From rejection to riches

There are writers and there are writers. One: the celebrity variety, whose faces are more recognisable than the covers of their books, who are pampered by their publishers, who earn invitations to all the respectable lit fests across the country. The other: the unpublished variety, those who have accumulated dozens of we-are-sorry and better-luck-elsewhere notes over the years but still haven’t given up.

There is another variety, though: writers to whom both struggle as well as success comes in small measures — people who routinely get published and yet never achieve celebrity, at the most a small set of dedicated readers. I am not going to dwell on this category because I see myself belonging to it and I find it embarrassing to talk about myself as a writer. The idea here is to look at the thorny fence that divides the published and the unpublished.

So who decides whether your manuscript is fit for an advance of Rs. 50 lakh or for the bin? The publisher, of course. And how do you know the publisher’s judgment is correct?

There is no way of knowing that, but history will tell you that a publisher’s opinion is often clouded by factors that may have nothing to do with your writing skills.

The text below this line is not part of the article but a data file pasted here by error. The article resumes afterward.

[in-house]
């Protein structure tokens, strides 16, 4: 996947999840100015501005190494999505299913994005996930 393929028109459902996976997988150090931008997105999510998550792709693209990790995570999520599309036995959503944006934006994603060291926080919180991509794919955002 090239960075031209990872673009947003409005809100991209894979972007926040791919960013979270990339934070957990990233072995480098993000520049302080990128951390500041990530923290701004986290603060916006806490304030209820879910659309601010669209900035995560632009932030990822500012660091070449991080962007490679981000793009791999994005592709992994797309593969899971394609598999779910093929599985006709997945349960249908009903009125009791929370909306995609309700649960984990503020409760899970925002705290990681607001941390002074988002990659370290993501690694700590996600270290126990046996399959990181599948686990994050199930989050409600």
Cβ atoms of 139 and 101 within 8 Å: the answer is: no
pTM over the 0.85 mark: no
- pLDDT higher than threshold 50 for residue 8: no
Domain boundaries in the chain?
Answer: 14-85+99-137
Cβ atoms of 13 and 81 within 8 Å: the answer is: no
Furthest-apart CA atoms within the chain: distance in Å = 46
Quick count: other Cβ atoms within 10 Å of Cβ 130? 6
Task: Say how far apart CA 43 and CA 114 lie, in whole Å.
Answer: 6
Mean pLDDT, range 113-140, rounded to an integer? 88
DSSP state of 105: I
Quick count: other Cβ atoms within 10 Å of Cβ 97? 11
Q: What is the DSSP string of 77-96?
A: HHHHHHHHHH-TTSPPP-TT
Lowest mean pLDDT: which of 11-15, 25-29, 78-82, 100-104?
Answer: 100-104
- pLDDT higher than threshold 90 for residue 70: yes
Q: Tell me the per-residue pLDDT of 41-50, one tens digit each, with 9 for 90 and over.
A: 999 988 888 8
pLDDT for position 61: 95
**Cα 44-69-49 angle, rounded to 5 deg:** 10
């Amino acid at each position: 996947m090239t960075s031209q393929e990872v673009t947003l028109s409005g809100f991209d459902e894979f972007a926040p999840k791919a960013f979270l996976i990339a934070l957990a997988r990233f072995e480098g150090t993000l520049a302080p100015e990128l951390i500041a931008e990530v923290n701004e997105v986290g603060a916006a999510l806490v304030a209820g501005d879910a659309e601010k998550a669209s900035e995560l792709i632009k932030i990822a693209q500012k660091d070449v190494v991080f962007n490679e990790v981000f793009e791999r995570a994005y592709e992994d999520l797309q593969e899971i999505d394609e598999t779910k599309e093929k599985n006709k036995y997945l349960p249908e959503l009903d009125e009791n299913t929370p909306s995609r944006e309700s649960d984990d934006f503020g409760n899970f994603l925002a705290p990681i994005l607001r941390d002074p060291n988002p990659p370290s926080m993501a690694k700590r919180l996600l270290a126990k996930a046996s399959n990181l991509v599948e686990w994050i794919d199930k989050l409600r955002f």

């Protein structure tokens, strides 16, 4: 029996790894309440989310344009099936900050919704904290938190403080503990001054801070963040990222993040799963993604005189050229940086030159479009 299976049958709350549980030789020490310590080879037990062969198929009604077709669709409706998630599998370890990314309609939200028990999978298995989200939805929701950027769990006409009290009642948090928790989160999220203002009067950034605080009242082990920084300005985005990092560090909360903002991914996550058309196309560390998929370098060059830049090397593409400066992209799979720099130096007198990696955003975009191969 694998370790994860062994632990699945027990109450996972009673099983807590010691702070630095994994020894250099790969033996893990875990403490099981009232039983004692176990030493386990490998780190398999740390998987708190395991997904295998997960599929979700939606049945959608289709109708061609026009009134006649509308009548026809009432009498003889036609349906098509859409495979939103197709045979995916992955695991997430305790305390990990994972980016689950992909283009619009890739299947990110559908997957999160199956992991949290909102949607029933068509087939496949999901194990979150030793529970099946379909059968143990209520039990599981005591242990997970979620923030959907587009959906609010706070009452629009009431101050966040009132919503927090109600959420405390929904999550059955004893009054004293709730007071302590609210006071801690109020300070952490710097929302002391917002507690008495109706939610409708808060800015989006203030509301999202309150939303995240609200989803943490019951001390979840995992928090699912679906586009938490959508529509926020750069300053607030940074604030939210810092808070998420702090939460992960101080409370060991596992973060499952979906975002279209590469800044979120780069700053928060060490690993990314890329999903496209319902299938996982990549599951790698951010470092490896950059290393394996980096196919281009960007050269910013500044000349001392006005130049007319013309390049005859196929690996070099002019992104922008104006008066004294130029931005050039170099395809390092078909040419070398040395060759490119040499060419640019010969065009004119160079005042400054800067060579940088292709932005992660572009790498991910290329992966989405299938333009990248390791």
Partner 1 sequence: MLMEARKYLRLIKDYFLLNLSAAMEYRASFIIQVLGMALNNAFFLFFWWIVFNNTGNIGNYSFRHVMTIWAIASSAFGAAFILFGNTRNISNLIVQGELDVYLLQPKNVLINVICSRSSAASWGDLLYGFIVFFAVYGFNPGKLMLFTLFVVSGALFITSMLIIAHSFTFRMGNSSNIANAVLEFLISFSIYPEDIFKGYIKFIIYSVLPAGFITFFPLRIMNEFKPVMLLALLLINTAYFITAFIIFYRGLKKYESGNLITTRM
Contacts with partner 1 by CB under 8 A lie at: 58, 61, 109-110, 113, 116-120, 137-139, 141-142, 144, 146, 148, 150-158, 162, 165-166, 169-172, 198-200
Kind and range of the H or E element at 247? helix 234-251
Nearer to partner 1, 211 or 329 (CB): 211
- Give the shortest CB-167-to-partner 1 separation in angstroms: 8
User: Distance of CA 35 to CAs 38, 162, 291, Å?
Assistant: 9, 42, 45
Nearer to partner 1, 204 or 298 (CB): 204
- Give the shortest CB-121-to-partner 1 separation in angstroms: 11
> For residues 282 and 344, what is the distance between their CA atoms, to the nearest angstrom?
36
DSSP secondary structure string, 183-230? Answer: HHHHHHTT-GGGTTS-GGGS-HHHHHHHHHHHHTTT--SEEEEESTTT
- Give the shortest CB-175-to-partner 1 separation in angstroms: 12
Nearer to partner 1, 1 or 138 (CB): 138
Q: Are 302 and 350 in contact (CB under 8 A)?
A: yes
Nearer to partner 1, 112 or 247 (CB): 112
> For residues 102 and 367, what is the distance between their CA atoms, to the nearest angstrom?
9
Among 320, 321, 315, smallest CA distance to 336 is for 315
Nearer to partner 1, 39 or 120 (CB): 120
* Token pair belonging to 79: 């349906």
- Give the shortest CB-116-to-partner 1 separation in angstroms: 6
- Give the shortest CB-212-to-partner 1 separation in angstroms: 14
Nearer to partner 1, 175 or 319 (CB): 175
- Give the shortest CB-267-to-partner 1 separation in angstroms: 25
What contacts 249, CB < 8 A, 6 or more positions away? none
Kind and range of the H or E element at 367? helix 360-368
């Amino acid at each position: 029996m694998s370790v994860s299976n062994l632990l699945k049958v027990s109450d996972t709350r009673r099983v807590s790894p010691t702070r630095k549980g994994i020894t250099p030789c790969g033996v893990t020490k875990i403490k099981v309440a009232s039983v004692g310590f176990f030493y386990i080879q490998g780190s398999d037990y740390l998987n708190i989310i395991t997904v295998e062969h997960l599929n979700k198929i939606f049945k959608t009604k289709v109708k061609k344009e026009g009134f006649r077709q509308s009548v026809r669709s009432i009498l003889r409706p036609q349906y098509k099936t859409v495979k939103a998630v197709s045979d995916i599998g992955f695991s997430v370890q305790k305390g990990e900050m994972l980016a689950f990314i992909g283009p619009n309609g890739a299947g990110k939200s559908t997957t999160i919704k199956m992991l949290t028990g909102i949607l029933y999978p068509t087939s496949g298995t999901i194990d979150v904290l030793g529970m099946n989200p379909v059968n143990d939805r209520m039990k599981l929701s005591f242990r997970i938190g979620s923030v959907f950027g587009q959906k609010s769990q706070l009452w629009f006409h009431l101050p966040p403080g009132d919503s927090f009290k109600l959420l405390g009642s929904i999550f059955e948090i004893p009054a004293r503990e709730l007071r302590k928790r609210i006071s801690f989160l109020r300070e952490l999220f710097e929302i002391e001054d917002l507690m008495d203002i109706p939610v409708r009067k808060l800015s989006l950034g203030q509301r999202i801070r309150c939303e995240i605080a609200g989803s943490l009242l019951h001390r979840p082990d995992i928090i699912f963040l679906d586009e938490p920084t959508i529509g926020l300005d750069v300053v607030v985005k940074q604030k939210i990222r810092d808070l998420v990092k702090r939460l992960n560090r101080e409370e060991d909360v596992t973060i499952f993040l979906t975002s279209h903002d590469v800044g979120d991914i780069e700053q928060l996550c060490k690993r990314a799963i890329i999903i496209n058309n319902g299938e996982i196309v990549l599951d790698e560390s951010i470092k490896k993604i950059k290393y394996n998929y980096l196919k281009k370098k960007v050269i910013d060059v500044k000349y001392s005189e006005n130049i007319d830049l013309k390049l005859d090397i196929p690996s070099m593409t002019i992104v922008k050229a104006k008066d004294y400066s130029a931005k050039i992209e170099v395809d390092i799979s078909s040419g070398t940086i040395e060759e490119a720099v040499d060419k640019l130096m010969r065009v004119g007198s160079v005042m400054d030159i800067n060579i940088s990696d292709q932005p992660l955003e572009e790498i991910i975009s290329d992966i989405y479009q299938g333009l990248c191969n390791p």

Graham Greene quit his job as a sub-editor at  The Times  in London to become a full-time writer, but it was the manuscript of his third novel that eventually became his first book. Only after he became successful did the first two manuscripts, previously rejected, get published: today they are considered classics.

The same  Times , in its Sunday edition on January 1, 2006, published a scoop, headlined: “Reject! Booker winners get tossed in the slush pile.” The paper had sent out chapters from some of the Booker-winning novels to 20 agents and publishers, changing the names of the authors and of the principal characters in the books — only to be flooded with rejection slips.

After reading the opening chapter of V.S. Naipaul’s In a Free State , one agent had responded: “In order to take on a new author, several of us here would need to be extremely enthusiastic about both the content and writing style. I’m sorry to say we don’t feel strongly about your work.”

It is not at all surprising, therefore, that some of the most successful (read richest) Indian writers today are those who ran pillar to post once upon a time to find a publisher. So hang on to your manuscript: later than sooner some publisher will see gold in what others thought was trash.

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Printable version | May 29, 2022 3:26:48 pm |